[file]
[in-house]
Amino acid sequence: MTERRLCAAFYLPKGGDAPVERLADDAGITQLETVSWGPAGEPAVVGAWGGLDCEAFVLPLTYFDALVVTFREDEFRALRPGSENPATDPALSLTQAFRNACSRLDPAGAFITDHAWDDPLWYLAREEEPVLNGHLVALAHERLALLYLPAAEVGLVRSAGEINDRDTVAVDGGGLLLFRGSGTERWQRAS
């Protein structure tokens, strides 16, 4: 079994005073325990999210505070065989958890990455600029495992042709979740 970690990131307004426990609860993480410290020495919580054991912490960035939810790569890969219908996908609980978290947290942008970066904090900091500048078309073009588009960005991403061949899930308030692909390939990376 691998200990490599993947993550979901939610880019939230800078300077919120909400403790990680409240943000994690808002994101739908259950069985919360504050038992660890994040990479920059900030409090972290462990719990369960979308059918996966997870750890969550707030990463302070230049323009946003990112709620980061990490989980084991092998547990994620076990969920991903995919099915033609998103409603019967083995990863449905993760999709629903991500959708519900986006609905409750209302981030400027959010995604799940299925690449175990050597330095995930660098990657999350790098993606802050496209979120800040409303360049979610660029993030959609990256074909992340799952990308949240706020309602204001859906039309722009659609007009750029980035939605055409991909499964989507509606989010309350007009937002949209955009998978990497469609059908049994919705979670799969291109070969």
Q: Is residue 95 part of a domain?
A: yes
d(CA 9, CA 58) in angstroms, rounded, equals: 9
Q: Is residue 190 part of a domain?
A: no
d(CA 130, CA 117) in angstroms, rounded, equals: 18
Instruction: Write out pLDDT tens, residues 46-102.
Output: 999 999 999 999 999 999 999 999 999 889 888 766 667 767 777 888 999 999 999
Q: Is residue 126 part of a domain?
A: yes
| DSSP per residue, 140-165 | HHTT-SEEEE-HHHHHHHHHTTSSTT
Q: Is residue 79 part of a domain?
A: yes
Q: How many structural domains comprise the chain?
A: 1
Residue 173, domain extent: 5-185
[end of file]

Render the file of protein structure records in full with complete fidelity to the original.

[in-house]
Amino acid sequence: MTERRLCAAFYLPKGGDAPVERLADDAGITQLETVSWGPAGEPAVVGAWGGLDCEAFVLPLTYFDALVVTFREDEFRALRPGSENPATDPALSLTQAFRNACSRLDPAGAFITDHAWDDPLWYLAREEEPVLNGHLVALAHERLALLYLPAAEVGLVRSAGEINDRDTVAVDGGGLLLFRGSGTERWQRAS
């Protein structure tokens, strides 16, 4: 079994005073325990999210505070065989958890990455600029495992042709979740 970690990131307004426990609860993480410290020495919580054991912490960035939810790569890969219908996908609980978290947290942008970066904090900091500048078309073009588009960005991403061949899930308030692909390939990376 691998200990490599993947993550979901939610880019939230800078300077919120909400403790990680409240943000994690808002994101739908259950069985919360504050038992660890994040990479920059900030409090972290462990719990369960979308059918996966997870750890969550707030990463302070230049323009946003990112709620980061990490989980084991092998547990994620076990969920991903995919099915033609998103409603019967083995990863449905993760999709629903991500959708519900986006609905409750209302981030400027959010995604799940299925690449175990050597330095995930660098990657999350790098993606802050496209979120800040409303360049979610660029993030959609990256074909992340799952990308949240706020309602204001859906039309722009659609007009750029980035939605055409991909499964989507509606989010309350007009937002949209955009998978990497469609059908049994919705979670799969291109070969």
Q: Is residue 95 part of a domain?
A: yes
d(CA 9, CA 58) in angstroms, rounded, equals: 9
Q: Is residue 190 part of a domain?
A: no
d(CA 130, CA 117) in angstroms, rounded, equals: 18
Instruction: Write out pLDDT tens, residues 46-102.
Output: 999 999 999 999 999 999 999 999 999 889 888 766 667 767 777 888 999 999 999
Q: Is residue 126 part of a domain?
A: yes
| DSSP per residue, 140-165 | HHTT-SEEEE-HHHHHHHHHTTSSTT
Q: Is residue 79 part of a domain?
A: yes
Q: How many structural domains comprise the chain?
A: 1
Residue 173, domain extent: 5-185